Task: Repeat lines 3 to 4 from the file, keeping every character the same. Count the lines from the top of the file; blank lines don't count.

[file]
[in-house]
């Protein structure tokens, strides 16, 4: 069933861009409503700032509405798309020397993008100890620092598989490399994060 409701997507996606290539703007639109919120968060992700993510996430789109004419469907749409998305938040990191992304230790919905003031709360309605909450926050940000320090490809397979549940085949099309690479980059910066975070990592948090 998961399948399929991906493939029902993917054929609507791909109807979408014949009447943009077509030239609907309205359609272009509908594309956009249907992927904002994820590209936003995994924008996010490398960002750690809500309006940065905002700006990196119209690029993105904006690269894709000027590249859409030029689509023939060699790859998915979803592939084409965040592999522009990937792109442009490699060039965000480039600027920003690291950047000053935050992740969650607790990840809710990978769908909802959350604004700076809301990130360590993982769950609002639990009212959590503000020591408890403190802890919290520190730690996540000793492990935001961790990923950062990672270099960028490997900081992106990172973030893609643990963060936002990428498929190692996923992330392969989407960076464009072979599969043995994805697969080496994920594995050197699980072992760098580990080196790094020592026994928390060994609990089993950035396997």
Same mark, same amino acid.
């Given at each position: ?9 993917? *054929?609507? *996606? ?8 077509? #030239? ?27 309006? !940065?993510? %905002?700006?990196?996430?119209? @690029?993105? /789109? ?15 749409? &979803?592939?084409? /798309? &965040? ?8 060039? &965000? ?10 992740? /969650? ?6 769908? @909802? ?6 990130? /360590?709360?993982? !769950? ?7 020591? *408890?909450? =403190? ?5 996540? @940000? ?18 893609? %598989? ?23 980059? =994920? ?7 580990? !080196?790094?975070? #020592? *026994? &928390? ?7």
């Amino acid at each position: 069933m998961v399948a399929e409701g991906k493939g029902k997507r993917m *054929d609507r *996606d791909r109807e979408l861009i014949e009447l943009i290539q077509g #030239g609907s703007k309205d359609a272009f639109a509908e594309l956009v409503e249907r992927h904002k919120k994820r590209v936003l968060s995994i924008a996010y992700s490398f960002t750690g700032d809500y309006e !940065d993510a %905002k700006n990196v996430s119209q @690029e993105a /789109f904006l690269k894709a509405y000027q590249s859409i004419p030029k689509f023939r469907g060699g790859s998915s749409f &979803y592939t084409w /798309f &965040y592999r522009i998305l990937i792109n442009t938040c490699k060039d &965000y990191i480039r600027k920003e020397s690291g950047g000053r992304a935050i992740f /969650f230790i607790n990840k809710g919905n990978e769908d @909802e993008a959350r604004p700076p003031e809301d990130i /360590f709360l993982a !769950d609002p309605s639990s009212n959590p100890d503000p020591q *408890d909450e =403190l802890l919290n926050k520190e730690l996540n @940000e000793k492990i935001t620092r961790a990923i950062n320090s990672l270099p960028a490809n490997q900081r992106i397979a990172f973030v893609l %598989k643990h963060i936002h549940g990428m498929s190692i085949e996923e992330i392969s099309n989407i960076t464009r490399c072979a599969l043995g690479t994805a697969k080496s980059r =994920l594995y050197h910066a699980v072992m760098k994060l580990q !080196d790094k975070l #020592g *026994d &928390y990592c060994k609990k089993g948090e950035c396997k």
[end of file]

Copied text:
Same mark, same amino acid.
């Given at each position: ?9 993917? *054929?609507? *996606? ?8 077509? #030239? ?27 309006? !940065?993510? %905002?700006?990196?996430?119209? @690029?993105? /789109? ?15 749409? &979803?592939?084409? /798309? &965040? ?8 060039? &965000? ?10 992740? /969650? ?6 769908? @909802? ?6 990130? /360590?709360?993982? !769950? ?7 020591? *408890?909450? =403190? ?5 996540? @940000? ?18 893609? %598989? ?23 980059? =994920? ?7 580990? !080196?790094?975070? #020592? *026994? &928390? ?7």